Pearson product-moment correlations were used to evaluate the bivariate associations between the three measures of caregivers’ burden at baseline and baseline measures of patient and caregiver sociodemographic characteristics, cognitive status, psychiatric and behavioral symptoms, quality of life, and intensity of care giving as reflected by the time spent assisting and supervising patients and time in instructions. Data in these bivariate analyses were from the baseline observations only.
Variables that were significantly related to measures of caregiver burden were then entered into a forward stepwise multiple regression analysis to create the most parsimonious model and to identify those variables that are most strongly and independently related to the measures of caregiver burden and depression. Standardized regression coefficients were calculated to allow assessment of the strength of independent associations and incremental r-square to represent the additional proportion of variance explained by each added variable.
We then examined the bivariate association between change in burden measures over 6 months and, change in patients’ psychiatric symptoms and behavioral problems, functional abilities, quality of life, and care needs (a change-and–change analysis) over the same period of time. For these analyses we constructed an additional set of measures in which the baseline score on each measure for each subject was subtracted from the six month follow-up scores.
Finally, 6-month change measures that were significantly correlated with 6-month change in measures of burden on bivariate analysis were entered into a second set of forward stepwise multiple regression analyses to again determine the most parsimonious model and identify variables most strongly and that were independently related to change in the measures of caregivers burden and depression and how much of the variance in change in burden would be accounted for by changes in these measures. To decrease risk of type I error and spuriously significant associations, level of statistical significance was set for p < 0.01
Subjects were 421 ambulatory outpatients with a diagnosis of dementia of the Alzheimer's type (DSM-1V, (45)) or probable AD (46) on the basis of the history, physical examination, results of structural brain imaging, and the score on the Mini–Mental State Examination (MMSE). Mean age of patients was 77.9 + 7.5, 56% were females and they were mostly Caucasian (79.9%). Baseline clinical characteristics of the patients are shown in Table1. Fifty-seven percent of patients required a level of care equivalent to that given in assisted-living facilities, and 17% needed the equivalent of nursing home care.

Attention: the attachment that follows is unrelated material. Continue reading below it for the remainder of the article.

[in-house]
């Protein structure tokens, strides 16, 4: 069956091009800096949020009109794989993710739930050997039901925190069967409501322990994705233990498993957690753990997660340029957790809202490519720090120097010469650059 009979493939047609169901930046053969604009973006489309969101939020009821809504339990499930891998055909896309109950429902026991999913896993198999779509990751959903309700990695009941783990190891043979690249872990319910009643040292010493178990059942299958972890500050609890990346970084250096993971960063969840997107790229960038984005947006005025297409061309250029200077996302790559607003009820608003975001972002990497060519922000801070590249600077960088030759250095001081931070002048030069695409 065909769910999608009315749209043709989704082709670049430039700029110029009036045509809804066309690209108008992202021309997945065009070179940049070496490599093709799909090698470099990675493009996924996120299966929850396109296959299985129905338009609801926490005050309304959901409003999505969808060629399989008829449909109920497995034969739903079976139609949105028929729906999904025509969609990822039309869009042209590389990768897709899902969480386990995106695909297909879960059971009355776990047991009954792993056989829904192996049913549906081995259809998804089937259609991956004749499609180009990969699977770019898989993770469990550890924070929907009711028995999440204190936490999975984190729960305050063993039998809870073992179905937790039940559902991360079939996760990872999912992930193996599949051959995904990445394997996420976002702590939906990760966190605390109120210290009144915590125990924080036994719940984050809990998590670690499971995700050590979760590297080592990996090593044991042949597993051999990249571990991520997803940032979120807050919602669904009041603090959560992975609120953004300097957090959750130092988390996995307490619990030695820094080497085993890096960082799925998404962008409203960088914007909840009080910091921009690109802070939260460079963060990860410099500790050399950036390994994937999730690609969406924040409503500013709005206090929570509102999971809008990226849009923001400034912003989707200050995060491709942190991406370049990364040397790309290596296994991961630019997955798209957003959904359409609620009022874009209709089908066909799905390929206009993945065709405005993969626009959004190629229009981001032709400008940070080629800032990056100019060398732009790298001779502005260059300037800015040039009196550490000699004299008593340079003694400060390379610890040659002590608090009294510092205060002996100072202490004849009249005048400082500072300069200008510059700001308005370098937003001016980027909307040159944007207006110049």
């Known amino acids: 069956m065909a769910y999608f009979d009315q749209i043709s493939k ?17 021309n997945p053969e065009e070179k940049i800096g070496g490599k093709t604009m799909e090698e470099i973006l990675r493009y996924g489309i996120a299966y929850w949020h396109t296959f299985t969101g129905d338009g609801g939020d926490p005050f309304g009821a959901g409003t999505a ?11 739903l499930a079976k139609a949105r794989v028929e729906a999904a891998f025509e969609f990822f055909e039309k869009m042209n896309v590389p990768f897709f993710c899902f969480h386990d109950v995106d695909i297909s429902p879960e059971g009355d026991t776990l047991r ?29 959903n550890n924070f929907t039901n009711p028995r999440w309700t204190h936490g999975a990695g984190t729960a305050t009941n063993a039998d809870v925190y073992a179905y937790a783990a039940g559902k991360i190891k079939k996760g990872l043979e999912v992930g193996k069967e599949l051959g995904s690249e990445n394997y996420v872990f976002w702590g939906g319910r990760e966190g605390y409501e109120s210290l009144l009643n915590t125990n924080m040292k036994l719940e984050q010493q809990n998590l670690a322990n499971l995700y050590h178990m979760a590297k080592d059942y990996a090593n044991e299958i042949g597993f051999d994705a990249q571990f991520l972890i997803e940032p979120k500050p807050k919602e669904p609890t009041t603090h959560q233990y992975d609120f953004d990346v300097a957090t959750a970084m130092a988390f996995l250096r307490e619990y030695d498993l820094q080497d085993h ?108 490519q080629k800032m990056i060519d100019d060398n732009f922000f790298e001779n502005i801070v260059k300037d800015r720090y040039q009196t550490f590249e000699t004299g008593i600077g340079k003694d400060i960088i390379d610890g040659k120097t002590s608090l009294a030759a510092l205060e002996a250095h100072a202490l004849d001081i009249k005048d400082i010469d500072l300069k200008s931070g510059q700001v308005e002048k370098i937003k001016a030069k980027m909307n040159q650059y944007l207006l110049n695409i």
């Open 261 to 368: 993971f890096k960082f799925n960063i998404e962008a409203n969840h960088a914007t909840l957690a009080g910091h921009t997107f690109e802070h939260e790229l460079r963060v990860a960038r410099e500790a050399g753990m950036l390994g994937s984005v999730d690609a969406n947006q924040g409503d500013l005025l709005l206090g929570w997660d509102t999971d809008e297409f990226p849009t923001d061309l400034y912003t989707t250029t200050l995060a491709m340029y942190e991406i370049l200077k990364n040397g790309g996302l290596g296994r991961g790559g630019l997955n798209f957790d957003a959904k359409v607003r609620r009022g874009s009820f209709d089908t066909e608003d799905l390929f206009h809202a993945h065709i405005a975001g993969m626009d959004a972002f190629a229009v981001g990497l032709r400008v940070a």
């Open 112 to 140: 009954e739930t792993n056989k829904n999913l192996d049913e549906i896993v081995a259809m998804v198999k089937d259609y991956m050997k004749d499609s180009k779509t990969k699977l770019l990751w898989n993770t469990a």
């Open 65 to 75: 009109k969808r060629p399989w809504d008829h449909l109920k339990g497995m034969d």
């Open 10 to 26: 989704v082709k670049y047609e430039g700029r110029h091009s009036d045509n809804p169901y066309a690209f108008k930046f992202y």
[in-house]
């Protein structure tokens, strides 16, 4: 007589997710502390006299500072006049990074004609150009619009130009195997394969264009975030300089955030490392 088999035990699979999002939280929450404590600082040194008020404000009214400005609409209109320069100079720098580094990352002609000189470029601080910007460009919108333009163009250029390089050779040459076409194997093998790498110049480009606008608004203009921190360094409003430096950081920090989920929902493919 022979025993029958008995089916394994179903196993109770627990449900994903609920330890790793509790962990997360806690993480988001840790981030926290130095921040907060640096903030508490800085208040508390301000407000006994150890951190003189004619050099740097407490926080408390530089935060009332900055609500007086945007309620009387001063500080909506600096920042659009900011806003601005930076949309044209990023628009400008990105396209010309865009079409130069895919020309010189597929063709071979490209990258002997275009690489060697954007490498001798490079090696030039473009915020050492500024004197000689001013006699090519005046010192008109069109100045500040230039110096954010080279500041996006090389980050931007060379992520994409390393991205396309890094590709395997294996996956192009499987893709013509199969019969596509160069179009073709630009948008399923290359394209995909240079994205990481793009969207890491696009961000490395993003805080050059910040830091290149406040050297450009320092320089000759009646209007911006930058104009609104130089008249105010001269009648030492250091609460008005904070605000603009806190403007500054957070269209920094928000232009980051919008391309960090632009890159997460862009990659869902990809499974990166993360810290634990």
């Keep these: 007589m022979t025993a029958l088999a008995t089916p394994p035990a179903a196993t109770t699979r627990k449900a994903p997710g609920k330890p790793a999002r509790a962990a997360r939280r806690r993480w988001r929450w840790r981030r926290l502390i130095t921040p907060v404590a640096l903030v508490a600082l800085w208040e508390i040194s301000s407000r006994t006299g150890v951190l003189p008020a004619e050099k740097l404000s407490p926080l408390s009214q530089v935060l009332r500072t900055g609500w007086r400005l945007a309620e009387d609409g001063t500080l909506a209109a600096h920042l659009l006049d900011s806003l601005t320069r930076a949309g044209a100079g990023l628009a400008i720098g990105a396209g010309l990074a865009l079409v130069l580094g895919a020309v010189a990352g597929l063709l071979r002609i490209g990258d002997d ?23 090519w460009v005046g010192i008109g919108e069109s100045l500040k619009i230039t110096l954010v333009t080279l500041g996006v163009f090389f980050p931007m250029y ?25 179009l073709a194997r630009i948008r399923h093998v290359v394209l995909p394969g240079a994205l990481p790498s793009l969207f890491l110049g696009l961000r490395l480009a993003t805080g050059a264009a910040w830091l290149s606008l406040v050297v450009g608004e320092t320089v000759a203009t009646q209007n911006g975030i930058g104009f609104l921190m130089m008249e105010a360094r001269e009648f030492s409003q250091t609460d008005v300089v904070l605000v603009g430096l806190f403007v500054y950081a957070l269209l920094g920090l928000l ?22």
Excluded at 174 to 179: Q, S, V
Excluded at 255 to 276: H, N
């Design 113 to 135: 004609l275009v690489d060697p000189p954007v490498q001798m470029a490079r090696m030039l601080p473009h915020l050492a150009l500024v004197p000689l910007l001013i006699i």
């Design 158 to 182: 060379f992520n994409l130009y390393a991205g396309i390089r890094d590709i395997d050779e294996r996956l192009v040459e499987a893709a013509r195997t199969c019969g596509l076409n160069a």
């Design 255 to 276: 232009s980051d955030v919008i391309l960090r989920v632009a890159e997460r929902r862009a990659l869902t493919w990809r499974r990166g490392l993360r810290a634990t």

Fifty-two percent of caregivers were spouses, and 33% were children or sons-in-law or daughters-in-law. Caregivers were middle aged or older (mean age = 63.0 ± 15.5), 73.5 years for spouses and 51.2 years for children or their spouses, primarily females (70%), and mainly Caucasian (78.8%) (Table 1). The mean score on the burden interview was 34.4 ± 16.0, above the cut off score of 24 for caregivers who are at risk for depression (47).
Published Cronbach's alphas, reflecting internal reliability consistency, of the three burden measure range from 0.8 for the Burden Interview to 0.9 for the BDI. The three measures were moderately correlated with each other (r ranged from 0.43 between caregivers’ distress and depression to 0.58 between depression and burden) indicating related but distinct aspects of the same construct. All three burden measures were also correlated with symptoms with correlation coefficients ranging from 0.18 to 0.32 for the BPRS, 0.34 to 0.74 for the NPI, and 0.27 to 0.45 for the Cornell Scale for Depression (Table 2).
Patient quality of life was significantly and moderately correlated with all three measures of burden ranging from (0.30 to 0.44), while functional capacity was weakly correlated with burden (r = −0.11 – 0.19). The only measure of care needs that showed significant association with caregivers distress was the Caregivers Activity Scale (CAS), the measure of the time caregivers spend assisting or supervising patients with daily activities. None of the burden measures showed significant correlation with the cognitive measures (Table 2). Nor were the patient’s sociodemographic variables significantly correlated with any of the burden measures With regard to caregivers’ characteristics, education was the only variable that was significantly, although weakly, correlated with caregivers’ distress (Table 2).
Variables with significant correlations with each of the burden measures were entered into three separate stepwise multiple regression models. Because the Distress Scale is a subscale of the NPI, the NPI was not entered in the regression model for that scale. Only neuropsychiatric symptoms and quality of life entered all models and predicted the majority of the variance in the three burden measures. Severity of depressive symptoms was also a significant predictor of caregivers’ distress (Partial R2 = 0.20) (Table 3).
Patients’ functional abilities were excluded from the model, thus this data offered no evidence of association between activities of daily living and caregivers’ perception of burden.